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A civilian under international humanitarian law is a person who is not a member of his or her country's armed forces or other militia or militant organization. The term is also often used colloquially to refer to people who are not members of a particular profession or occupation, especially by law enforcement agencies, which often use rank structures similar to those of military units.



The word Civilian goes back to the late 14th Century and is from Old French civilien, "of the civil law". It was used to refer to judges, lawyers and other civil servants. Civilian is believed to have been used to refer to non-combatants as early as 1829.[1]

Legal Usage

The International Committee of the Red Cross 1958 Commentary on IV Geneva Convention Relative to the Protection of Civilian Persons in Time of War Article 4.4 states that "[e]very person in enemy hands must have some status under international law: he is either a prisoner of war and, as such, covered by the Third Convention, a civilian covered by the Fourth Convention, or again, a member of the medical personnel of the armed forces who is covered by the First Convention. There is no intermediate status; nobody in enemy hands can be outside the law. We feel that this is a satisfactory solution – not only satisfying to the mind, but also, and above all, satisfactory from the humanitarian point of view."[2] The ICRC has expressed the opinion that "If civilians directly engage in hostilities, they are considered 'unlawful' or 'unprivileged' combatants or belligerents (the treaties of humanitarian law do not expressly contain these terms). They may be prosecuted under the domestic law of the detaining state for such action".[3]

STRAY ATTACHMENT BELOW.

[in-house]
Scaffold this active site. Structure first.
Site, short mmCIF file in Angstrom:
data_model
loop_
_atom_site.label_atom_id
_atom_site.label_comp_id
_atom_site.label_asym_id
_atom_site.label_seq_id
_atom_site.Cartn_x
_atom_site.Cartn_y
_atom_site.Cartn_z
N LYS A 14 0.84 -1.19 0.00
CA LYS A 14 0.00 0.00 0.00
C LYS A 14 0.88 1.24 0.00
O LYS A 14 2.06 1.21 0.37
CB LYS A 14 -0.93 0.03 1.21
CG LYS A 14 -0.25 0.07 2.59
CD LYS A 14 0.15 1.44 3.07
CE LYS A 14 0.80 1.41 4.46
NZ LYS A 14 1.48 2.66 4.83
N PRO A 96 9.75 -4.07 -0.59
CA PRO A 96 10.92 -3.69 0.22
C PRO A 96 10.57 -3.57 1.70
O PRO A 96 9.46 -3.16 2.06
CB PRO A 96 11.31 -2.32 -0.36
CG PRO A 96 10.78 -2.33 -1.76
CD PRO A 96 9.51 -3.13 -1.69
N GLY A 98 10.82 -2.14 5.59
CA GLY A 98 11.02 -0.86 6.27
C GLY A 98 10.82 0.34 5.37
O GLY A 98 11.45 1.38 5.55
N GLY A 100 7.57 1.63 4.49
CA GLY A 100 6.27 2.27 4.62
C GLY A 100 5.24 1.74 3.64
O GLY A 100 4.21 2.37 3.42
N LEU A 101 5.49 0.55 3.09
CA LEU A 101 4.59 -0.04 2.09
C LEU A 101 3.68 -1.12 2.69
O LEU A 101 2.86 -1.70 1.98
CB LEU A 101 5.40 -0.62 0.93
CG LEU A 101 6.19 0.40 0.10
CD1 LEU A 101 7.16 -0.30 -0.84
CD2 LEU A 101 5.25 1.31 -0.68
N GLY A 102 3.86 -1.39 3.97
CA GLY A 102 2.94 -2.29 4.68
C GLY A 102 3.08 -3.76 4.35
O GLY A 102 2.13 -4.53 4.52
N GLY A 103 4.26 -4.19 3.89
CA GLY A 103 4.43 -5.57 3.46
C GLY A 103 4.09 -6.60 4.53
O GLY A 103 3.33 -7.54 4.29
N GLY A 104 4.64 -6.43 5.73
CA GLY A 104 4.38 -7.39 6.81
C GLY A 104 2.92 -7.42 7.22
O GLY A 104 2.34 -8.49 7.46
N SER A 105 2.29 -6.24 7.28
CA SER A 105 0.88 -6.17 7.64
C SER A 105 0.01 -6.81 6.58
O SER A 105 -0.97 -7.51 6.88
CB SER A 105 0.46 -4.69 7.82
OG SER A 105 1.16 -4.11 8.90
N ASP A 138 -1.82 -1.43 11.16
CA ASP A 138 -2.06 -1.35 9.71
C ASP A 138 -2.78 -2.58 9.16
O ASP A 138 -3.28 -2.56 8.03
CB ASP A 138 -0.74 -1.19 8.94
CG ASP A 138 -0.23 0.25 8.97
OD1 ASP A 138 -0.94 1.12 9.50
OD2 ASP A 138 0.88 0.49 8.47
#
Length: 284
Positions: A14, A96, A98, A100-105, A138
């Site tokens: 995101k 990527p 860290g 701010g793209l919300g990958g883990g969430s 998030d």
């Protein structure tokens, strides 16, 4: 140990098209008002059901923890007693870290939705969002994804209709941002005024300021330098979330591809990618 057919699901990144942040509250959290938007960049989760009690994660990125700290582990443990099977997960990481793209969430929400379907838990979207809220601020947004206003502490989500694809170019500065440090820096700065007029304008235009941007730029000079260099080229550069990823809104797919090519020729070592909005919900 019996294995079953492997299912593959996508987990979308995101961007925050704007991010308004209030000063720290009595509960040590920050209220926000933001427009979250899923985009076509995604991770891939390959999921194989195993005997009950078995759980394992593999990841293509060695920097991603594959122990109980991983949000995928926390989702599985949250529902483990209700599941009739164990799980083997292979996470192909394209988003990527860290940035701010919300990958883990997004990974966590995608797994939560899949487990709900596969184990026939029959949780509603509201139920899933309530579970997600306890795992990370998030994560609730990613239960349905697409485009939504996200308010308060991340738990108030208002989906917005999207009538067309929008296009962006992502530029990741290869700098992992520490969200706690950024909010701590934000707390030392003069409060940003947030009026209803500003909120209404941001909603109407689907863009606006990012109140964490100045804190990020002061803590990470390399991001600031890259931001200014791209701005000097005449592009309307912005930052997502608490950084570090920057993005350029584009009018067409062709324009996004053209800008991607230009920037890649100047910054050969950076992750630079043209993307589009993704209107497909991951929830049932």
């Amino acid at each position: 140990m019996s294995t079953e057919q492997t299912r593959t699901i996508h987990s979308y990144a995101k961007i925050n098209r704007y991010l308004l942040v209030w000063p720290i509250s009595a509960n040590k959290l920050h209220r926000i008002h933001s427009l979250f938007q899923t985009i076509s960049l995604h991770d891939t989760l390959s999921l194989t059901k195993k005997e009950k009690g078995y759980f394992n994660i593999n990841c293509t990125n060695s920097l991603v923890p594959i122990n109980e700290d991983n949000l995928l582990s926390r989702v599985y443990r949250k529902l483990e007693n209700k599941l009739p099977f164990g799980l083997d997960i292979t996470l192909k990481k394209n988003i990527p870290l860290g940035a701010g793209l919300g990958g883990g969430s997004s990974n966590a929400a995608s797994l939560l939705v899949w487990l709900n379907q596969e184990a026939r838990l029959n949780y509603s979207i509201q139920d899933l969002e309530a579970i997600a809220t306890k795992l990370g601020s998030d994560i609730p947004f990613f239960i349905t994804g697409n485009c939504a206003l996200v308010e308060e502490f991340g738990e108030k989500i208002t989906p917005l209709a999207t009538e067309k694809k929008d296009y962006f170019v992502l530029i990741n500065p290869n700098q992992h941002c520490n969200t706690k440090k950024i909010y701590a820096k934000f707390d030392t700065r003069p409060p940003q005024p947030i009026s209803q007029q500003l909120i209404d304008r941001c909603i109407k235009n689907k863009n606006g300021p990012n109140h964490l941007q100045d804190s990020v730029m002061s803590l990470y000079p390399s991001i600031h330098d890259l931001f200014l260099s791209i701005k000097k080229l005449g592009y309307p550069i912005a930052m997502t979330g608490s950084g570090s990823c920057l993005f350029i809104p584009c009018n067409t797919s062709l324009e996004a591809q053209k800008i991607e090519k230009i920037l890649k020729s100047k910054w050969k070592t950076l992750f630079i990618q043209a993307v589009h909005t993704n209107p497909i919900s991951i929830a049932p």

Article 50 in Chapter II: "Civilians and Civilian Population" of Protocol I Additional to the Geneva Conventions defines that a civilian is not a legal combatant. Article 51 describes the protection that must be given to civilians (unless they are unlawful combatants) and civilian populations. Chapter III of Protocol I regulates the targeting of civilian objects. Article 8(2)(b)(i) of the Rome Statute of the International Criminal Court also prohibits attacks directed against civilians. Not all states have ratified Protocol I or the Rome Statute, but it is an accepted principle of international humanitarian law that the direct targeting of civilians is a breach of the customary laws of war and is binding on all belligerents.

Under international maritime law and aviation law a distinction is made between crew and passengers that is similar to that of combatants and civilians under the laws of war. Under their own municipal law governments may extend the definition of who is a civilian to exclude those who work for the emergency services, because members of the emergency services may from time to time need additional legal powers over and above those usually available to ordinary citizens.

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